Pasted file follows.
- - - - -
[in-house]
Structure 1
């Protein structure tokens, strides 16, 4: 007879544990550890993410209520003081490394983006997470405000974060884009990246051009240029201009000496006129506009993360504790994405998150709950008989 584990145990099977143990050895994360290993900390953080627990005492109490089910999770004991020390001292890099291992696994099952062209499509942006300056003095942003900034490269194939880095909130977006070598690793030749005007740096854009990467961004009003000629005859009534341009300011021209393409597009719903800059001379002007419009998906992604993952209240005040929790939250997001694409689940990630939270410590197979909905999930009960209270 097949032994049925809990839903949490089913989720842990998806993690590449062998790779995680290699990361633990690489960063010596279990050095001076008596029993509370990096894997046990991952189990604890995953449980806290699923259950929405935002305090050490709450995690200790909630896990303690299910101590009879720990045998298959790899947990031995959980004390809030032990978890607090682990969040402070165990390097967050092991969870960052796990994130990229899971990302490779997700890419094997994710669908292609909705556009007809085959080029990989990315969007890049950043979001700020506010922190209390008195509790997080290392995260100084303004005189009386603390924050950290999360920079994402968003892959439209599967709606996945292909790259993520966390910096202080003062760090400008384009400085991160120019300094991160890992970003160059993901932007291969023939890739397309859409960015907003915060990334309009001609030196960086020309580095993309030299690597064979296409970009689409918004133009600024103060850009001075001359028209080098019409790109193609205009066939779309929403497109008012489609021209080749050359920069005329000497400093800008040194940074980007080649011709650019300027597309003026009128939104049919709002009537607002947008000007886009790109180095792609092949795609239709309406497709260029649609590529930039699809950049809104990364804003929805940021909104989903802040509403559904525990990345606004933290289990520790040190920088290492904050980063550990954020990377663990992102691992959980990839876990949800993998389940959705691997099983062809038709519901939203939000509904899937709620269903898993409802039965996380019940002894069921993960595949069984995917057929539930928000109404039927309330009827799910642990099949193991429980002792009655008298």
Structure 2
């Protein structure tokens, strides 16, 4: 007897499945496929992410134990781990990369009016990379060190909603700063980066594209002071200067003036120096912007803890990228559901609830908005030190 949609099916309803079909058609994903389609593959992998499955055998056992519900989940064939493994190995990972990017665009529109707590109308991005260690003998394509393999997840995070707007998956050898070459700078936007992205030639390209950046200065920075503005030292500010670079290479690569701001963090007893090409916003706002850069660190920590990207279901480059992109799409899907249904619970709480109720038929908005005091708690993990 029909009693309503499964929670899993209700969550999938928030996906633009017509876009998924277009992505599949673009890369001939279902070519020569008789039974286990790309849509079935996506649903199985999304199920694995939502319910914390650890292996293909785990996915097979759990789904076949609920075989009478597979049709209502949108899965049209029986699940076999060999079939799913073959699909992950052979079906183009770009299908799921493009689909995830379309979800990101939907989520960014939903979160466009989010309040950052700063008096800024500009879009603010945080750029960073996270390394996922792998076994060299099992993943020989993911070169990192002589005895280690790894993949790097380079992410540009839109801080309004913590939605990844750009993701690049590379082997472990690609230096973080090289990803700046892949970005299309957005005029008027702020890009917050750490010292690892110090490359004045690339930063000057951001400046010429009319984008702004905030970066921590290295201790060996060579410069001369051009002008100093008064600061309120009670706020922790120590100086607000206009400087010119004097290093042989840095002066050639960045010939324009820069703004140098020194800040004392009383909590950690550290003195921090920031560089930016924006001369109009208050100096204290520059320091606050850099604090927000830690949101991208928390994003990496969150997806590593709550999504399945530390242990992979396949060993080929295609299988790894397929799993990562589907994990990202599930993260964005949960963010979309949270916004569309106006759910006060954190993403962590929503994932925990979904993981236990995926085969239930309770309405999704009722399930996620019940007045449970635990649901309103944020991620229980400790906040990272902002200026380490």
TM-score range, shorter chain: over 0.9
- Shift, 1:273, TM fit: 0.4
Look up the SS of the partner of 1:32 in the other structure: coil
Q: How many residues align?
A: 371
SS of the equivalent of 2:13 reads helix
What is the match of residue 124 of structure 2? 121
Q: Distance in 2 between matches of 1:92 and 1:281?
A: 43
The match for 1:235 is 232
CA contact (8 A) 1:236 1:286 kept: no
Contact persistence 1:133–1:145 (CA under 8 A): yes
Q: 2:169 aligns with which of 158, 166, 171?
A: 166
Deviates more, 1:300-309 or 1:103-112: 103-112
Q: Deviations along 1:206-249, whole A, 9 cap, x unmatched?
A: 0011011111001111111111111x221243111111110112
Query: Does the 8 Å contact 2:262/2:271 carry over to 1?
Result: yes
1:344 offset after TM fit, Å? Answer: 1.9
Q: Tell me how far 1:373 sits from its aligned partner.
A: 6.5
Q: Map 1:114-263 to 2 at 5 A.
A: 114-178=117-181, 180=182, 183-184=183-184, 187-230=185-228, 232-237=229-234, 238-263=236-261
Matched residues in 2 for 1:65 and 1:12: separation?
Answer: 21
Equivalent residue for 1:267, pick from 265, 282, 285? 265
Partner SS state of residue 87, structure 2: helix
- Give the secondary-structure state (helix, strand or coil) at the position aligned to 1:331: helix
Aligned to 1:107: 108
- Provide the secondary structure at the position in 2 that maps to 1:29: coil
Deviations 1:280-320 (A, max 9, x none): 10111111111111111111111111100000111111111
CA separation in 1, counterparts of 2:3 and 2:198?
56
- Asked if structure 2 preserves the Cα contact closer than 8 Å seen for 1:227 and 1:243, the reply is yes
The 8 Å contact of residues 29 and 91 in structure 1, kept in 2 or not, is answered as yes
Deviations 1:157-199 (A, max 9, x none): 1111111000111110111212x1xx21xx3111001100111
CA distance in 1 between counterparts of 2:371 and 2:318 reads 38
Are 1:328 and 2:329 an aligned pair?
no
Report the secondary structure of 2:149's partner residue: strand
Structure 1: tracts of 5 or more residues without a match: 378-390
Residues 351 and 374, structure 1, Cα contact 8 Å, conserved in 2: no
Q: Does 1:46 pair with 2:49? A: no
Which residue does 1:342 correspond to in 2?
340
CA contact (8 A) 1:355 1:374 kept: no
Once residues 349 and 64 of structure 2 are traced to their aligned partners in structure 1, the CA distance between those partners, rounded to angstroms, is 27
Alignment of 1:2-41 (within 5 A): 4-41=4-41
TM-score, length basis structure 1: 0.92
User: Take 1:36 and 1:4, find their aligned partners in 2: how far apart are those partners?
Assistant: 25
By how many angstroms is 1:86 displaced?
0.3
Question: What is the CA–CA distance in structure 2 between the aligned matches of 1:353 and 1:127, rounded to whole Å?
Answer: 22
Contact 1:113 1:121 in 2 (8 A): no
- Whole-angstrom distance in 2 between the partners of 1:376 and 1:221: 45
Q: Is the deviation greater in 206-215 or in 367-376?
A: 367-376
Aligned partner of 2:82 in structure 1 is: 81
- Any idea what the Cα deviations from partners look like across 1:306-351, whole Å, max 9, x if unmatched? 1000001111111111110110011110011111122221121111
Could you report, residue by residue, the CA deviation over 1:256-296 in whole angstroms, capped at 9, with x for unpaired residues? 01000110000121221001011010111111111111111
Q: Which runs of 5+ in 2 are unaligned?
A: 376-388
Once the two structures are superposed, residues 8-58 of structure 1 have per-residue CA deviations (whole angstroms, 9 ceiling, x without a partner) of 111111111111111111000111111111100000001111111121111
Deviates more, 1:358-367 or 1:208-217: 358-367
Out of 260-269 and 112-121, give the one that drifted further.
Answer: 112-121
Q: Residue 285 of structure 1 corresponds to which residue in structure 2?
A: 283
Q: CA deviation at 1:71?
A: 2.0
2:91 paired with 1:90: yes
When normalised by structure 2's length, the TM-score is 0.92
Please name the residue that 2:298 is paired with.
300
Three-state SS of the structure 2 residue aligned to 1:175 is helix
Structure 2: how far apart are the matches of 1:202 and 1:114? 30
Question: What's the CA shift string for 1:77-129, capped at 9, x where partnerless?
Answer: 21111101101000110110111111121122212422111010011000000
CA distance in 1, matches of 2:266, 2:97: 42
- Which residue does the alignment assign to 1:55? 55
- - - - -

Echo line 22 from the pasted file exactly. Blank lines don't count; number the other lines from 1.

A: 0011011111001111111111111x221243111111110112